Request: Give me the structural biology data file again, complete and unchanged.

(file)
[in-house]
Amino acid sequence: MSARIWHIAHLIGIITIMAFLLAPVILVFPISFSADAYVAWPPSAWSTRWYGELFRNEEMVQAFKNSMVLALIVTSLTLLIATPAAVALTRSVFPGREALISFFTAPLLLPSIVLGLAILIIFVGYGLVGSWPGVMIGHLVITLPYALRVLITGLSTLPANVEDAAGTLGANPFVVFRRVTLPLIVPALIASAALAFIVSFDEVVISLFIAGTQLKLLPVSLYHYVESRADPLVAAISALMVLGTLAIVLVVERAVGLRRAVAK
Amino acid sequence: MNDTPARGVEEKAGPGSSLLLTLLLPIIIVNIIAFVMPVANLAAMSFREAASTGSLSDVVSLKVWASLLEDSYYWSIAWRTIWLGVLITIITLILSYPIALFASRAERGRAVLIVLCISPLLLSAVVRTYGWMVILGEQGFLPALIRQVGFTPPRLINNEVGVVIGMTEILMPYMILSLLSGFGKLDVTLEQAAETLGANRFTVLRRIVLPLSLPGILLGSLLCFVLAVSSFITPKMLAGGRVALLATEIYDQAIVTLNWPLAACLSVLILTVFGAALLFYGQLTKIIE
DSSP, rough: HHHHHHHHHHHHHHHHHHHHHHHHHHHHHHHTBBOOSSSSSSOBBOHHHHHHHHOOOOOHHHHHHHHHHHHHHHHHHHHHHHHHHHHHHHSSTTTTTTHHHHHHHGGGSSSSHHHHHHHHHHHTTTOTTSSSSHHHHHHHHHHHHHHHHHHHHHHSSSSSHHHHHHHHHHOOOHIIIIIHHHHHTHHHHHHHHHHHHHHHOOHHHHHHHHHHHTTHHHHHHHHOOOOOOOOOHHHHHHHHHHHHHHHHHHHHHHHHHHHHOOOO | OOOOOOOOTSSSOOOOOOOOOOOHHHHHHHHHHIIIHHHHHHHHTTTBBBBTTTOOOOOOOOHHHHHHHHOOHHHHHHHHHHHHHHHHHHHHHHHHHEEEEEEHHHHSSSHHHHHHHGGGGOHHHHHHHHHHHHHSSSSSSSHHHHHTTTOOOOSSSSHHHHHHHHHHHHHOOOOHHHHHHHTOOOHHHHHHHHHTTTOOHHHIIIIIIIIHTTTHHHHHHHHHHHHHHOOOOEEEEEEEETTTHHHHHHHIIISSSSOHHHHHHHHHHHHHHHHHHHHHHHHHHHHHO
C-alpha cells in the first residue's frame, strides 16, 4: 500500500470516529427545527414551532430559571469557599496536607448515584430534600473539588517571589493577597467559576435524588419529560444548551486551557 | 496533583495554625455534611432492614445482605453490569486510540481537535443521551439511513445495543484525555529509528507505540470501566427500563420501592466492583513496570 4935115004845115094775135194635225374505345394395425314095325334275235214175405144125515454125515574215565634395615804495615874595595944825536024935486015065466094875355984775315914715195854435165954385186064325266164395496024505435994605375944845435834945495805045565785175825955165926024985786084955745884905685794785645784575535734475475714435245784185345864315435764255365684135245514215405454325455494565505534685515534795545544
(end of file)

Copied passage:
[in-house]
Amino acid sequence: MSARIWHIAHLIGIITIMAFLLAPVILVFPISFSADAYVAWPPSAWSTRWYGELFRNEEMVQAFKNSMVLALIVTSLTLLIATPAAVALTRSVFPGREALISFFTAPLLLPSIVLGLAILIIFVGYGLVGSWPGVMIGHLVITLPYALRVLITGLSTLPANVEDAAGTLGANPFVVFRRVTLPLIVPALIASAALAFIVSFDEVVISLFIAGTQLKLLPVSLYHYVESRADPLVAAISALMVLGTLAIVLVVERAVGLRRAVAK
Amino acid sequence: MNDTPARGVEEKAGPGSSLLLTLLLPIIIVNIIAFVMPVANLAAMSFREAASTGSLSDVVSLKVWASLLEDSYYWSIAWRTIWLGVLITIITLILSYPIALFASRAERGRAVLIVLCISPLLLSAVVRTYGWMVILGEQGFLPALIRQVGFTPPRLINNEVGVVIGMTEILMPYMILSLLSGFGKLDVTLEQAAETLGANRFTVLRRIVLPLSLPGILLGSLLCFVLAVSSFITPKMLAGGRVALLATEIYDQAIVTLNWPLAACLSVLILTVFGAALLFYGQLTKIIE
DSSP, rough: HHHHHHHHHHHHHHHHHHHHHHHHHHHHHHHTBBOOSSSSSSOBBOHHHHHHHHOOOOOHHHHHHHHHHHHHHHHHHHHHHHHHHHHHHHSSTTTTTTHHHHHHHGGGSSSSHHHHHHHHHHHTTTOTTSSSSHHHHHHHHHHHHHHHHHHHHHHSSSSSHHHHHHHHHHOOOHIIIIIHHHHHTHHHHHHHHHHHHHHHOOHHHHHHHHHHHTTHHHHHHHHOOOOOOOOOHHHHHHHHHHHHHHHHHHHHHHHHHHHHOOOO | OOOOOOOOTSSSOOOOOOOOOOOHHHHHHHHHHIIIHHHHHHHHTTTBBBBTTTOOOOOOOOHHHHHHHHOOHHHHHHHHHHHHHHHHHHHHHHHHHEEEEEEHHHHSSSHHHHHHHGGGGOHHHHHHHHHHHHHSSSSSSSHHHHHTTTOOOOSSSSHHHHHHHHHHHHHOOOOHHHHHHHTOOOHHHHHHHHHTTTOOHHHIIIIIIIIHTTTHHHHHHHHHHHHHHOOOOEEEEEEEETTTHHHHHHHIIISSSSOHHHHHHHHHHHHHHHHHHHHHHHHHHHHHO
C-alpha cells in the first residue's frame, strides 16, 4: 500500500470516529427545527414551532430559571469557599496536607448515584430534600473539588517571589493577597467559576435524588419529560444548551486551557 | 496533583495554625455534611432492614445482605453490569486510540481537535443521551439511513445495543484525555529509528507505540470501566427500563420501592466492583513496570 4935115004845115094775135194635225374505345394395425314095325334275235214175405144125515454125515574215565634395615804495615874595595944825536024935486015065466094875355984775315914715195854435165954385186064325266164395496024505435994605375944845435834945495805045565785175825955165926024985786084955745884905685794785645784575535734475475714435245784185345864315435764255365684135245514215405454325455494565505534685515534795545544